WITH managed_by_zlotkey (emp, name, mgr, grade) AS
(

SELECT employee_id, last_name, manager_id, 0 grade
FROM    employees
WHERE  employee_id = 149

UNION ALL

SELECT employee_id, last_name, manager_id, grade+1
FROM   employees emp
     , managed_by_zlotkey z

WHERE  z.employee_id = emp.mgr_id

)
SELECT emp, name, mgr, grade 
FROM managed_by_zlotkey
ORDER BY grade, emp;


We don't have the space in this in this series of advanced Oracle tutorials to cover all of the possible permuations of recursive sub query factors - see the Oracle SQL Reference Manual available from the Oracle Technology Network for full details.

Correlated Subqueries

Having covered sub query factoring quite comprehensively, we'll continue our second tutorial in this series of advanced Oracle tutorials by looking at correlated sub queries. 

In a correlated sub query, the sub query refers to a column from a table in the parent query which means that they are executed once per row in the parent query. The difference between correlated subqueries and non-correlated subqueries is that non-correlated subqueries won't refer to a column in the parent table and are executed once for the whole statement. Both types of subqueries are used to answer multi-part questions such as "list all employess in the marketing department earning more than the avregare salary of employess in the marketing department". 

Although subqueries and joins are usually interchangeable in SQL, there may be significant differences in the performance of the query in Oracle depending on how it is written. In particular, a SQL statement using a correlated sub-query is usually much faster than one using the equivalent non-correlated sub query.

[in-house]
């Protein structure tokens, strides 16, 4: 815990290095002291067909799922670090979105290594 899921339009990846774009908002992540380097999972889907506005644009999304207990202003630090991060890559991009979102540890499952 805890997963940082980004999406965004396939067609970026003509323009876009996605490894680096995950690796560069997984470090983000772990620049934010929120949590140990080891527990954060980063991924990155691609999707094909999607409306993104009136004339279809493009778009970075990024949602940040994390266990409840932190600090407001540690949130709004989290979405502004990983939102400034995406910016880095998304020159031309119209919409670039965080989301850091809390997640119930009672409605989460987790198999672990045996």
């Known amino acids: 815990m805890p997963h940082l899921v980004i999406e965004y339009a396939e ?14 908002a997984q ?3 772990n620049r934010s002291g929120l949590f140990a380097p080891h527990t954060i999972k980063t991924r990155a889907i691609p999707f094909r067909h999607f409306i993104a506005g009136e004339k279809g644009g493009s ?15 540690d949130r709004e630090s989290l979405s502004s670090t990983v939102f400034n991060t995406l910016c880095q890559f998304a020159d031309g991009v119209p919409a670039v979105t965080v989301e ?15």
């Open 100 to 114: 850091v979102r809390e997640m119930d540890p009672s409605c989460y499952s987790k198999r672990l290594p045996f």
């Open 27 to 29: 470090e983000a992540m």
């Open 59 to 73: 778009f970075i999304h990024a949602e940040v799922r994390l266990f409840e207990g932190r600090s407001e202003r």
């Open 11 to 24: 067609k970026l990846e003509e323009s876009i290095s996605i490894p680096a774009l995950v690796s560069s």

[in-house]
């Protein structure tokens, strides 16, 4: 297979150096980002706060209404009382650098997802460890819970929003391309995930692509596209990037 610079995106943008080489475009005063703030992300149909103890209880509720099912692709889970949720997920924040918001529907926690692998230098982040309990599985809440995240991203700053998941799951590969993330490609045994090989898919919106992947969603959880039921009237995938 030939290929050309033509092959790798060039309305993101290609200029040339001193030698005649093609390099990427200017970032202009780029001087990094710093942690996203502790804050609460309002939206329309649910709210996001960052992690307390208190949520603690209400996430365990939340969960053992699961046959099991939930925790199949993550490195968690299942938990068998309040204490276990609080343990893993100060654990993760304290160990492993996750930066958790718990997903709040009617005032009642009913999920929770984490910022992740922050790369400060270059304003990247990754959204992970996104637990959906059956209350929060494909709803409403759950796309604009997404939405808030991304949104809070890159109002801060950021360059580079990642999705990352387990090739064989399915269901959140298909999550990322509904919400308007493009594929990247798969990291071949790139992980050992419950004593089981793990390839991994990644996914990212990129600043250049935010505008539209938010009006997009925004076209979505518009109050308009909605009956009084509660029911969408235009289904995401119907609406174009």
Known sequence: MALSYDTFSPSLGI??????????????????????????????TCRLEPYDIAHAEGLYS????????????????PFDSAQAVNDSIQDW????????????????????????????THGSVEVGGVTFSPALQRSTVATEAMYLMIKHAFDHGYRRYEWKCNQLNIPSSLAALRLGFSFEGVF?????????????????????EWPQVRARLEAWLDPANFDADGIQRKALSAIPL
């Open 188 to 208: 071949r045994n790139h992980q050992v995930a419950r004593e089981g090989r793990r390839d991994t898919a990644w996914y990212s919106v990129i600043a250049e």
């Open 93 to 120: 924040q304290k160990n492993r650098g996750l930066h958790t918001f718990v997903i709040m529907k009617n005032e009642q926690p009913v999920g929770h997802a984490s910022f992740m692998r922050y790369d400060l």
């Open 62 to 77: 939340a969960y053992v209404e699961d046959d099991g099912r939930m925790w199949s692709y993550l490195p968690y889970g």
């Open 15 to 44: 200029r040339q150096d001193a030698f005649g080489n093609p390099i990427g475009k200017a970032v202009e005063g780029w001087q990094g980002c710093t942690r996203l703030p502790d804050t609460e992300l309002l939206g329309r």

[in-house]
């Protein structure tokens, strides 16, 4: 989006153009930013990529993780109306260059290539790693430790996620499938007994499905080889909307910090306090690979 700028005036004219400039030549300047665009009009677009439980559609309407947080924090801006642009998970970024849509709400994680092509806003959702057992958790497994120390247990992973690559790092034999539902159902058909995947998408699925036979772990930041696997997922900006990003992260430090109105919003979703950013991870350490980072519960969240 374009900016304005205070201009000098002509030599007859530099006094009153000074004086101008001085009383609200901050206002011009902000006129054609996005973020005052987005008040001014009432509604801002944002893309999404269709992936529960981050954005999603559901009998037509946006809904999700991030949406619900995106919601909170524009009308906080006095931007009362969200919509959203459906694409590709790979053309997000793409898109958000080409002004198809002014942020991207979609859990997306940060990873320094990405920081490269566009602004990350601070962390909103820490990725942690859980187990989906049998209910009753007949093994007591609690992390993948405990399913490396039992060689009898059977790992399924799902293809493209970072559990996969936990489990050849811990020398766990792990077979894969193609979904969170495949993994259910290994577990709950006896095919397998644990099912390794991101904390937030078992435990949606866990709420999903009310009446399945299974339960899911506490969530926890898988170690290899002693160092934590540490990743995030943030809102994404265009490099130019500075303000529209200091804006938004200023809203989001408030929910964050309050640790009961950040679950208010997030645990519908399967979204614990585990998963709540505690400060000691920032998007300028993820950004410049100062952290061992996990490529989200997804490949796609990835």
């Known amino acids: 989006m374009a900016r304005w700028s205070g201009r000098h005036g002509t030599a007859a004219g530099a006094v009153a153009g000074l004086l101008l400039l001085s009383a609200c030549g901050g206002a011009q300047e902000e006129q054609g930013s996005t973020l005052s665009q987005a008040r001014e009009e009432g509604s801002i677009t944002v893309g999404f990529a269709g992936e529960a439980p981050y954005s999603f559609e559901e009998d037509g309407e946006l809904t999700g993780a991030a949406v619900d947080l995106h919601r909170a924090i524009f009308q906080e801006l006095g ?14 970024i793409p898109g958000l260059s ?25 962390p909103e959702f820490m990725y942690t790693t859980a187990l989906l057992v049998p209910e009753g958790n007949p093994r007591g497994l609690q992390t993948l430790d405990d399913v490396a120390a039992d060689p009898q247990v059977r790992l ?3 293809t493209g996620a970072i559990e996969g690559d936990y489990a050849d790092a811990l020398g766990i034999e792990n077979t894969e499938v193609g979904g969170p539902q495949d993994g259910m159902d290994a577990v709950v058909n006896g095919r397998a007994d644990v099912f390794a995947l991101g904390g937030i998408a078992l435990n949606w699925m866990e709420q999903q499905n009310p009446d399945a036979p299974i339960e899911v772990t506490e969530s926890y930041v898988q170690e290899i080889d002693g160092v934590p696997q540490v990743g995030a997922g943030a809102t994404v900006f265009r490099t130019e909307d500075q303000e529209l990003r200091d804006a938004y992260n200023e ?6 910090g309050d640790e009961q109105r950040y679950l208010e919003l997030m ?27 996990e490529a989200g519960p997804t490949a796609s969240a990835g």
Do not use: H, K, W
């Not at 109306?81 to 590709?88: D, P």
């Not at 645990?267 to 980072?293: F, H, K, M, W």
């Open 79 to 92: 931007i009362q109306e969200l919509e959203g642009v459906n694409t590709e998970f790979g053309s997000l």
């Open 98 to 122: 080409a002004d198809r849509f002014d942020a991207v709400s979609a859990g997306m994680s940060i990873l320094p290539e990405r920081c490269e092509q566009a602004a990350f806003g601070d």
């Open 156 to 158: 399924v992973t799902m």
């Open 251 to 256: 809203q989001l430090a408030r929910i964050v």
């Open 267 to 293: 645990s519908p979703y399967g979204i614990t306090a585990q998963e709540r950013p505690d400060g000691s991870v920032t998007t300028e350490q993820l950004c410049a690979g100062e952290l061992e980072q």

Let's look at an example using the employees and departments in the hr schema provided with the sample Oracle database. In this case we want to know which, if any, departments have no employees assigned to them. 

It might sound as if this is just a single-part question but if we break it down we realise that we need to answer 2 questions because the only link between departments and employess is from the employees table which has a department_id as one of the columns.

In other words only by looking at the employee table can we find out which departments have employees. Therefore to determine which departments have no employees we need to first of all determine which departments have employees and exclude those departments from the set of all departments. 

Let's look at another example to see how we would translate this into SQL.

Example 3 - correlated sub query

SELECT departments.name
FROM departments d
WHERE NOT EXISTS 
   (SELECT department_id
   FROM employees e
   WHERE e.department_id = d.department_id)

When run, Oracle will query each record in the employees table to see if there are records in with this department_id i.e to see if any employees work for this department. If a match found that department is skipped and the next one is examined and so on until the whole table has been processed.

If the employees table has an index on the department_id, then this query will only need to examine the index and won't need to query the table itself making it very efficient. As a non-correlated sub query, Oracle would have to perform a full table scan on the employees table. This could be quite a slow process for a large organisation and it also means the data would not be cached for re-use by other queries.

As well as reading our other Oracle tutorials, one of the best ways to learn more about Oracle is to attend a formal training course. Our partner Smartsoft offers Oracle training in the UK on and off-site.